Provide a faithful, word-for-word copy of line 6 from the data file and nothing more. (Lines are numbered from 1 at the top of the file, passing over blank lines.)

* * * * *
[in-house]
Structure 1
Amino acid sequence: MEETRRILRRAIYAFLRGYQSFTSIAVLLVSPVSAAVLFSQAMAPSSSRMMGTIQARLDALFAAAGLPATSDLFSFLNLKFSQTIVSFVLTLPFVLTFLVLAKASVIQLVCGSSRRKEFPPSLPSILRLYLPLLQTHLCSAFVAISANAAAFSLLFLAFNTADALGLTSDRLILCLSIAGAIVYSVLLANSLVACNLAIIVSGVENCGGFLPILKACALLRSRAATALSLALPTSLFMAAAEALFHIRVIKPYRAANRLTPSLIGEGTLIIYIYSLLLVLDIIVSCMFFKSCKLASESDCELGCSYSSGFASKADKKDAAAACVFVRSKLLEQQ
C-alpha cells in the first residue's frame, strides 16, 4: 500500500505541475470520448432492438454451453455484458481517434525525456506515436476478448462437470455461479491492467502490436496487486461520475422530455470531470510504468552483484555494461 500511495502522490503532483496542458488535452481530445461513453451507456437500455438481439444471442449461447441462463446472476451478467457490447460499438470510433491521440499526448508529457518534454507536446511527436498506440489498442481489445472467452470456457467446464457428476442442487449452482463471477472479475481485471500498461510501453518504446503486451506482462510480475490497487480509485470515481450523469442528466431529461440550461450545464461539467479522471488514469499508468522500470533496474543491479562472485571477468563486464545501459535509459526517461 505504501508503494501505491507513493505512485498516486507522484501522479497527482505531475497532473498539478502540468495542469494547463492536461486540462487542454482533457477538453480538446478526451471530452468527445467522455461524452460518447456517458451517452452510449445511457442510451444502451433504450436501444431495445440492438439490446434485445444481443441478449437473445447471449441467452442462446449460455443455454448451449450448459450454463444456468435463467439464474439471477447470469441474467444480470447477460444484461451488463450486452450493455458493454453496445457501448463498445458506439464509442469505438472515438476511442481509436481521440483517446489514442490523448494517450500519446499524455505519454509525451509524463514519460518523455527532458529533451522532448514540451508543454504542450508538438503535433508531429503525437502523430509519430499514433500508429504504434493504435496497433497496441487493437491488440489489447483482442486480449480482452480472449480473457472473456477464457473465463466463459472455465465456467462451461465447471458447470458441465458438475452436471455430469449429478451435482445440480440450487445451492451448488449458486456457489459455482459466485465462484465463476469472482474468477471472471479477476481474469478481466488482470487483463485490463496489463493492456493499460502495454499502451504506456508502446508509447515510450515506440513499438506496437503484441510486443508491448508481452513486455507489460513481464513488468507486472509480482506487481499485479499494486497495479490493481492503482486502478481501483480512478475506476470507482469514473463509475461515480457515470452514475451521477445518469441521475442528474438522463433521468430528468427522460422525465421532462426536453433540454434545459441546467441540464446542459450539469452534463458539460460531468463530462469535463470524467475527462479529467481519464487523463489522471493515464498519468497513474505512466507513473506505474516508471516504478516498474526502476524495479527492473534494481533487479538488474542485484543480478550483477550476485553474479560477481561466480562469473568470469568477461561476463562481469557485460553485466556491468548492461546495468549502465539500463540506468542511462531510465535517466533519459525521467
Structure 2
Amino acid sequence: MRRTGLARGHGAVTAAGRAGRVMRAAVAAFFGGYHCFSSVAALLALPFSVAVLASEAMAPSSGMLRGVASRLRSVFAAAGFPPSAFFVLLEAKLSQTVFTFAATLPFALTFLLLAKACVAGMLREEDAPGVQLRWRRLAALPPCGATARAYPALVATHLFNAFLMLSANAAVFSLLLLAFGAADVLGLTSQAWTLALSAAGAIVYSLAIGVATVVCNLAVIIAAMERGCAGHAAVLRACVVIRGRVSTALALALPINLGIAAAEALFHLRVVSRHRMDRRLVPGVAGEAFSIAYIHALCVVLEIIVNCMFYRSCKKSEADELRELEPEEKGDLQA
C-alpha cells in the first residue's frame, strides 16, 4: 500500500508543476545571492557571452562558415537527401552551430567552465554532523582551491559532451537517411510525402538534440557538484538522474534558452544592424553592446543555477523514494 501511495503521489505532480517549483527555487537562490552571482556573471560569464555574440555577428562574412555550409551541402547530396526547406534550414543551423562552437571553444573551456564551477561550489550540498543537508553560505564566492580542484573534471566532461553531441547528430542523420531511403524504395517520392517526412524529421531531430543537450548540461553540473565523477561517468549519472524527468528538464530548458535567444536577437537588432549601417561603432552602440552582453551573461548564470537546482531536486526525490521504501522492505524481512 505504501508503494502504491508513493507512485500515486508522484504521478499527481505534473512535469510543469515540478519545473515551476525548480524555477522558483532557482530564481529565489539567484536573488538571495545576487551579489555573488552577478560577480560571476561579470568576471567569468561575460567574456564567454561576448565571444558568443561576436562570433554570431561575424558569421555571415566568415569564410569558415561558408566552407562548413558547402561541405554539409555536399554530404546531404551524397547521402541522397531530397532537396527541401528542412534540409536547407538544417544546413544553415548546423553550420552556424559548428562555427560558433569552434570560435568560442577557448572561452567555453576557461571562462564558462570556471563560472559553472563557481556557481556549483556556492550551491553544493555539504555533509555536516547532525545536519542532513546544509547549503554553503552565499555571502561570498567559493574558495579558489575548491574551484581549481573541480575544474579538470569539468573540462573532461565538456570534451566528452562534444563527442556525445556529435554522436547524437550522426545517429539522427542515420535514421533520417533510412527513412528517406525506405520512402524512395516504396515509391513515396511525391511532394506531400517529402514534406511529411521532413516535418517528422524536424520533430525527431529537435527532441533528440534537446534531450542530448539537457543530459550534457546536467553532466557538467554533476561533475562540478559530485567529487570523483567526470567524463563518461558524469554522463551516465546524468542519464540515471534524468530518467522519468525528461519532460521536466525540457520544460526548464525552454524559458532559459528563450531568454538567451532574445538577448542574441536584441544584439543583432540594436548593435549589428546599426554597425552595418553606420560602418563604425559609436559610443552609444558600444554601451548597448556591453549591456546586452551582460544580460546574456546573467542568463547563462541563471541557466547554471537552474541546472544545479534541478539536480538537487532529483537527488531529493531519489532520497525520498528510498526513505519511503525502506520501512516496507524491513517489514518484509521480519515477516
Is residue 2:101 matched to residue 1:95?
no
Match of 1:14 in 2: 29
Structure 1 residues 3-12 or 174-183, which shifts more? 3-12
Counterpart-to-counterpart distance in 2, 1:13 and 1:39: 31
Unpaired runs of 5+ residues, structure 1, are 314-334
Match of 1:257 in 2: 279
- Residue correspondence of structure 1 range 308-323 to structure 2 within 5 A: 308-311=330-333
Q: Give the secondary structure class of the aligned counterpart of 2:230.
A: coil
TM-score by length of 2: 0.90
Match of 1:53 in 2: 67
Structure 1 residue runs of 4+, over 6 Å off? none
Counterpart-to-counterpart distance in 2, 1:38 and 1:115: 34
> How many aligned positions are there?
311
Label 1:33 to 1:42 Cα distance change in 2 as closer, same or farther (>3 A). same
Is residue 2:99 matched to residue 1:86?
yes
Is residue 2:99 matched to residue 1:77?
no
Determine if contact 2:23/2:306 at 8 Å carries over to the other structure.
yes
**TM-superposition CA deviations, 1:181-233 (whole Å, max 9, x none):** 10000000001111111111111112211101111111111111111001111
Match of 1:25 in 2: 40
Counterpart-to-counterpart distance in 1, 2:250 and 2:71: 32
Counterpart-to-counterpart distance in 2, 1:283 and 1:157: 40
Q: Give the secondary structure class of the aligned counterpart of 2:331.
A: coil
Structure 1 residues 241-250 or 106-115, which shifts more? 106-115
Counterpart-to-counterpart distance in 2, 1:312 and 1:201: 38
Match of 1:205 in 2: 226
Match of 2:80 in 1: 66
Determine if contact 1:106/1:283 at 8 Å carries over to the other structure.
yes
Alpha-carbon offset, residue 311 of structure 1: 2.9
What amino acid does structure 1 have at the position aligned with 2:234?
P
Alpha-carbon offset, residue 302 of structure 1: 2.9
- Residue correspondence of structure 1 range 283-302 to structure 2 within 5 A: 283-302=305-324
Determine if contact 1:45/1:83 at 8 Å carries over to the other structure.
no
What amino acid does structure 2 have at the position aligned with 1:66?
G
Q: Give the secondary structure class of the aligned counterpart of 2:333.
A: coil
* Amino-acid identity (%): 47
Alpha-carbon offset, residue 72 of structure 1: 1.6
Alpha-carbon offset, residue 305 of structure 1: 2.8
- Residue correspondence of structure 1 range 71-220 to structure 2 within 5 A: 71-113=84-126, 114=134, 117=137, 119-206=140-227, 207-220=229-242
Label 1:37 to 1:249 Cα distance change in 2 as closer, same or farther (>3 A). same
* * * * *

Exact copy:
Amino acid sequence: MRRTGLARGHGAVTAAGRAGRVMRAAVAAFFGGYHCFSSVAALLALPFSVAVLASEAMAPSSGMLRGVASRLRSVFAAAGFPPSAFFVLLEAKLSQTVFTFAATLPFALTFLLLAKACVAGMLREEDAPGVQLRWRRLAALPPCGATARAYPALVATHLFNAFLMLSANAAVFSLLLLAFGAADVLGLTSQAWTLALSAAGAIVYSLAIGVATVVCNLAVIIAAMERGCAGHAAVLRACVVIRGRVSTALALALPINLGIAAAEALFHLRVVSRHRMDRRLVPGVAGEAFSIAYIHALCVVLEIIVNCMFYRSCKKSEADELRELEPEEKGDLQA